India in the dock for empire disobedience

13 Apr

One of my many mental foibles is to turn innocuous numbers into historic dates. So when I read this morning at a most ungodly hour that a section of my site had drawn 1,857 visits this week, my brain cried out: India Uprising …

Or as the history teachers of my schooldays called it, the India Mutiny. Not against the British State, mind, but the all powerful East India Trading Company, depicted brilliantly in the BBC Series (now on Netflix) Taboo – starring the equally brilliant Tom Hardy and Jonathan Pryce.

(Depicted too in Amitav Ghosh’s Sea of Poppies – shortlisted for the 2008 Booker – and in J.G. Farrell’s The Seige of Krishnapur – which in ’73 actually won it. Sublime reads, both.)

Be that as it may …

(I’m now using this phrase too often not to abbreviate it. Expect future posts to feature – up there with BTL, BTW, FWIW, IMO and the ever popular WTF – BTAIM, pronounced “bee tame”.)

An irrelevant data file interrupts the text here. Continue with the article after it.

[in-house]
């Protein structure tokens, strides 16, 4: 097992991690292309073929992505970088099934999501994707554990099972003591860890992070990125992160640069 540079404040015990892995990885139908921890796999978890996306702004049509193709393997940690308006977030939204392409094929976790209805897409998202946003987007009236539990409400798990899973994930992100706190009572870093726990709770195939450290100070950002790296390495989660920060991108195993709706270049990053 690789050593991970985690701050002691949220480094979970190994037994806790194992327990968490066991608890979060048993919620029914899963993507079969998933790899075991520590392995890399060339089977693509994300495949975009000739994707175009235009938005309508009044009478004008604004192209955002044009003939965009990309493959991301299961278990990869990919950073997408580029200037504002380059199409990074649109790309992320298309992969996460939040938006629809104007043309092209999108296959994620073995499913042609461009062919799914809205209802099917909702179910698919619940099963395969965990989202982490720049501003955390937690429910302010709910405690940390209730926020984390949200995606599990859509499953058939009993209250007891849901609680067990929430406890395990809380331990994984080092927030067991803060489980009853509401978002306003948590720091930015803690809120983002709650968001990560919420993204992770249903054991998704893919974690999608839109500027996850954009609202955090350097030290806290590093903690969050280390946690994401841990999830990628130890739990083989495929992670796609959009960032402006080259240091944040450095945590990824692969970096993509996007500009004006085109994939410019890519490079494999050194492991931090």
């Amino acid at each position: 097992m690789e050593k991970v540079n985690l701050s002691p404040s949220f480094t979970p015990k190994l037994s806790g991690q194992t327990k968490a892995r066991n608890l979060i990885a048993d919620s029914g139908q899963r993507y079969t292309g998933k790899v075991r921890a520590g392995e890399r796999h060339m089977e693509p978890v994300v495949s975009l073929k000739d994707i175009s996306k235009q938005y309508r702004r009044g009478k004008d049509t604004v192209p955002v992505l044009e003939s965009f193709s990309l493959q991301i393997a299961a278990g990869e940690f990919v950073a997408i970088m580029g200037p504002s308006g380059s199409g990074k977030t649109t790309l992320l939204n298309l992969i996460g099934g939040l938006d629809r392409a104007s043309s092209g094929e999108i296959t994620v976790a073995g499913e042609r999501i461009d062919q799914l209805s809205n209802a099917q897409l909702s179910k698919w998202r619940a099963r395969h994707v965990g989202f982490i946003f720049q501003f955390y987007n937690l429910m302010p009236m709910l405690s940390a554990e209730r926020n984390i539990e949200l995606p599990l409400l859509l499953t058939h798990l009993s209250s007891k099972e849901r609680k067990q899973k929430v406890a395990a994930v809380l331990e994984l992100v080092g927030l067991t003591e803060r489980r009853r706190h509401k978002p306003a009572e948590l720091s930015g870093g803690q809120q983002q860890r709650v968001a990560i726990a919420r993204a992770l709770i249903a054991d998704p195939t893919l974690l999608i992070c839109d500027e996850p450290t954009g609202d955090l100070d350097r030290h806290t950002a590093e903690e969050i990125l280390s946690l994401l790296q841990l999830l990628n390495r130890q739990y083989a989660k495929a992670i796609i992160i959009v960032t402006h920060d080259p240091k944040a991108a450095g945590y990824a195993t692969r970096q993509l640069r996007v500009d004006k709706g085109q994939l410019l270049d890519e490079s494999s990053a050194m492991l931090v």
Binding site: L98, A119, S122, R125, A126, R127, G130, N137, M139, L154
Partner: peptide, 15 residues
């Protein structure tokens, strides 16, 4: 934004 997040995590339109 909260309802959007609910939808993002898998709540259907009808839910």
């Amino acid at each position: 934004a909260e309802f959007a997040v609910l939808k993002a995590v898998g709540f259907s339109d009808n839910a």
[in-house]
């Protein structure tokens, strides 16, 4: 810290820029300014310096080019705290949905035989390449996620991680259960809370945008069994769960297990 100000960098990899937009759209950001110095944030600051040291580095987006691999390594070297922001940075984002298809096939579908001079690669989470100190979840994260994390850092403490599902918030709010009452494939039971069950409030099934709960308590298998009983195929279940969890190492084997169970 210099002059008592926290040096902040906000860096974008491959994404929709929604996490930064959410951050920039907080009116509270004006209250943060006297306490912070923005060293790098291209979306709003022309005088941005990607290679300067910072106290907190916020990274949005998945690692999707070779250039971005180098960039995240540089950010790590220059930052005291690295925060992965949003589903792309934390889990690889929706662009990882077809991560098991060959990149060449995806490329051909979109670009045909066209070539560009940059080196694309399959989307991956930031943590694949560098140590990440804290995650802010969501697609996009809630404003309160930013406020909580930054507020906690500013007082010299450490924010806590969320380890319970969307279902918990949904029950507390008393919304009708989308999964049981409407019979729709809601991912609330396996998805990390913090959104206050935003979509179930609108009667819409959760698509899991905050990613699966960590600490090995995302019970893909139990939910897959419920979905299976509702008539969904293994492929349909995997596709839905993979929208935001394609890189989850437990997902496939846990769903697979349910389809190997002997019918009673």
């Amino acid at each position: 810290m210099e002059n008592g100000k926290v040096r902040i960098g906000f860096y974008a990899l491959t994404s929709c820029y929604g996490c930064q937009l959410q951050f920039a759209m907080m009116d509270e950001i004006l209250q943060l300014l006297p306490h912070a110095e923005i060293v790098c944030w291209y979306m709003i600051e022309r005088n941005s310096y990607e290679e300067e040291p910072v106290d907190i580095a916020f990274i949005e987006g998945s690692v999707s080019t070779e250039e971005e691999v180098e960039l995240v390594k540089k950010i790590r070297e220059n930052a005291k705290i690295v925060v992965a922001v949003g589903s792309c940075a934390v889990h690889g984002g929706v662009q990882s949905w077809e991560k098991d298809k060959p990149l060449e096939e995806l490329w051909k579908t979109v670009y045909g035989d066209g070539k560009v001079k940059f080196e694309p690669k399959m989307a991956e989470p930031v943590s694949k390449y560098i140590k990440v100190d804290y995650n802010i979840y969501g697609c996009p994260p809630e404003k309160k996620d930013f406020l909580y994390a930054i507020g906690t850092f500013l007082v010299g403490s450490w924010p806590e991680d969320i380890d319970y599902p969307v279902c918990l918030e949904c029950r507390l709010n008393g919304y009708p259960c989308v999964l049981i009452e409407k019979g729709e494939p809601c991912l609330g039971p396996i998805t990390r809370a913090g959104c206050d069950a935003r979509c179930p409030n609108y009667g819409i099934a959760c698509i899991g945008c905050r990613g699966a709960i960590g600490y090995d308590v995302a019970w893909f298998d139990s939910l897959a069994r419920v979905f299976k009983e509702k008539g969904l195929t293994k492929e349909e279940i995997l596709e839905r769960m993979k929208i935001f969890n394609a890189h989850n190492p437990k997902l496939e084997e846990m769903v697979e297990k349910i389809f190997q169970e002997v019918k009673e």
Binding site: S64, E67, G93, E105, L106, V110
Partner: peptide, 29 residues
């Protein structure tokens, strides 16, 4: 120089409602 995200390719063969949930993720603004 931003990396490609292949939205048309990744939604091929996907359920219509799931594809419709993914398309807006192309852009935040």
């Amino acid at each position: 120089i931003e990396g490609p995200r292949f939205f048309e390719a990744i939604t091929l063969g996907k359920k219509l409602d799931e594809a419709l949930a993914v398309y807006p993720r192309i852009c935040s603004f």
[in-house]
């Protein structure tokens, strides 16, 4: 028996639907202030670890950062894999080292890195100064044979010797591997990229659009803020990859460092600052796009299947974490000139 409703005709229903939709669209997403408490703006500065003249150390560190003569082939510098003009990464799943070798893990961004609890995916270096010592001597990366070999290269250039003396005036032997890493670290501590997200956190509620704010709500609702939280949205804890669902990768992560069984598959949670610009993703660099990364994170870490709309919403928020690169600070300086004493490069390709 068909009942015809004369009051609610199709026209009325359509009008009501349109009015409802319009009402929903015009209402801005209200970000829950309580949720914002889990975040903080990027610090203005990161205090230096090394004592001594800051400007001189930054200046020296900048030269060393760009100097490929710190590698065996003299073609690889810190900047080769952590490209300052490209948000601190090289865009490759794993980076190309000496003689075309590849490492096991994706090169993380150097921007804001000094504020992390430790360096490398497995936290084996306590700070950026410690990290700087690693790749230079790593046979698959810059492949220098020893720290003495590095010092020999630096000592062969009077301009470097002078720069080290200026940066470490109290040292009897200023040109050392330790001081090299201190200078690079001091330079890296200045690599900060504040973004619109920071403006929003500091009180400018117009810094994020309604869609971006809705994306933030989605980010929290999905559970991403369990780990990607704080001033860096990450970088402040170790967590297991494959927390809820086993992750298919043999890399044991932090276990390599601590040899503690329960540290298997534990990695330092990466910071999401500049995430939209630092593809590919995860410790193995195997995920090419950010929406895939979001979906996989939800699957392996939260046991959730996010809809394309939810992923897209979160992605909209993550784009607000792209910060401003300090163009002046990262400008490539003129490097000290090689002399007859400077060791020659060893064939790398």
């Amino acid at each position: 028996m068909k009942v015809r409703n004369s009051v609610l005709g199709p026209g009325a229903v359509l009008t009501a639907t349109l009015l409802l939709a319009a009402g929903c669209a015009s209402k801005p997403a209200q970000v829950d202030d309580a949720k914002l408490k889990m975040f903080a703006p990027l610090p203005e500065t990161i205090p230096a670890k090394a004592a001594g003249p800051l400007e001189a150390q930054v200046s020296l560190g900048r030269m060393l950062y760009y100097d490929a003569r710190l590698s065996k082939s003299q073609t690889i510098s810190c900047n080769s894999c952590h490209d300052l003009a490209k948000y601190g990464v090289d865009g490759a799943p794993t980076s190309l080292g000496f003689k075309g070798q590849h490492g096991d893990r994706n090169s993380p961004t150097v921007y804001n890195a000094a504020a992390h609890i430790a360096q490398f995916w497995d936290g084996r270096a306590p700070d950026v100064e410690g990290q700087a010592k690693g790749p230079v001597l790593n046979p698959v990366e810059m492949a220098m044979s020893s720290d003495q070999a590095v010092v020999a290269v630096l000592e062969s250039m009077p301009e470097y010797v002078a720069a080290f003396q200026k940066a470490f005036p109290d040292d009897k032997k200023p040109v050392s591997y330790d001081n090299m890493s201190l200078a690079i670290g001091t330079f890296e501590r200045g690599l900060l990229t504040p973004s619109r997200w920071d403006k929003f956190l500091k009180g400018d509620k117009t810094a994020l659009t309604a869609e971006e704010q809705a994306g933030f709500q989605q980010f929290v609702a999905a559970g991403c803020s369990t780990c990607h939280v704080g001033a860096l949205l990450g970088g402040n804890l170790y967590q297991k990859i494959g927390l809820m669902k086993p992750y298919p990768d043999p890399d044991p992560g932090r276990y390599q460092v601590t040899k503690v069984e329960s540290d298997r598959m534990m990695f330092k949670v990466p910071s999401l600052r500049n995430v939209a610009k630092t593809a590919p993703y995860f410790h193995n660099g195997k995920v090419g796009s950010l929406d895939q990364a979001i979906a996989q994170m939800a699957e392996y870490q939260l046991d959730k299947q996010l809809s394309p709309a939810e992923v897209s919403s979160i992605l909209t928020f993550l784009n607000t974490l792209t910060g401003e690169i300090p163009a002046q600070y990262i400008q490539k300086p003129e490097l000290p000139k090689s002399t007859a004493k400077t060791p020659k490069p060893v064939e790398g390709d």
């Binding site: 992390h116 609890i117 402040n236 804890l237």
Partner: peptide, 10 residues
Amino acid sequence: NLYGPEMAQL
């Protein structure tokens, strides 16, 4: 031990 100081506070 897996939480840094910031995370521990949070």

… not 24 hours after my post on Washington’s newfound concern over human rights abuses in Modi’s India, which only the irredeemably cynical would link to New Delhi declining to join the sanctions against Russia by all right thinking members of the ‘international community’ …

The international community

… my weekly e-alert to The Economist  landed in my mailbox.

Now as the whole wide world knows, when Washington says “jump”,  India’s erstwhile colonial master asks “how high?”  And for reasons I’ve been at pains to set out on this site – here for instance – corporate media are systemically incapable of serving truth at the expense of power on matters of non negotiable import to the latter. Unsurprising, then, to see this very British weekly, The Economist – which BTW & FWIW I recently described BTL as having “consistently put out US empire propaganda while speculating whether the Russian President might be put on trial for war crimes” – duly leaping four metres into the air.




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